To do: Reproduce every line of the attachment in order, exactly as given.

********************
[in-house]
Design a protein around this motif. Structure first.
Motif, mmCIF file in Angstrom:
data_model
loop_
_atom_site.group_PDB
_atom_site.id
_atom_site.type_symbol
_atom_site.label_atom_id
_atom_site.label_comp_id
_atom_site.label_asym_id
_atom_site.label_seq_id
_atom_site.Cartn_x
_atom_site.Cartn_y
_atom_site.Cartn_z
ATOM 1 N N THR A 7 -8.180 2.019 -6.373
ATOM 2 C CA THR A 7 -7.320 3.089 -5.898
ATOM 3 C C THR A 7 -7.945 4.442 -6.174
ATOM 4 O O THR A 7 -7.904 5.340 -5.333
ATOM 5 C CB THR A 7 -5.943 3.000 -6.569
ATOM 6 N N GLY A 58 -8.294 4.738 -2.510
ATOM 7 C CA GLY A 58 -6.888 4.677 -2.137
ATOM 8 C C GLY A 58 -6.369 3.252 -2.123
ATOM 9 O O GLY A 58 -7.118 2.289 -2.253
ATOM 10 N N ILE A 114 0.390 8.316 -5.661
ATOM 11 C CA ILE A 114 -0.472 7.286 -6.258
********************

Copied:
[in-house]
Design a protein around this motif. Structure first.
Motif, mmCIF file in Angstrom:
data_model
loop_
_atom_site.group_PDB
_atom_site.id
_atom_site.type_symbol
_atom_site.label_atom_id
_atom_site.label_comp_id
_atom_site.label_asym_id
_atom_site.label_seq_id
_atom_site.Cartn_x
_atom_site.Cartn_y
_atom_site.Cartn_z
ATOM 1 N N THR A 7 -8.180 2.019 -6.373
ATOM 2 C CA THR A 7 -7.320 3.089 -5.898
ATOM 3 C C THR A 7 -7.945 4.442 -6.174
ATOM 4 O O THR A 7 -7.904 5.340 -5.333
ATOM 5 C CB THR A 7 -5.943 3.000 -6.569
ATOM 6 N N GLY A 58 -8.294 4.738 -2.510
ATOM 7 C CA GLY A 58 -6.888 4.677 -2.137
ATOM 8 C C GLY A 58 -6.369 3.252 -2.123
ATOM 9 O O GLY A 58 -7.118 2.289 -2.253
ATOM 10 N N ILE A 114 0.390 8.316 -5.661
ATOM 11 C CA ILE A 114 -0.472 7.286 -6.258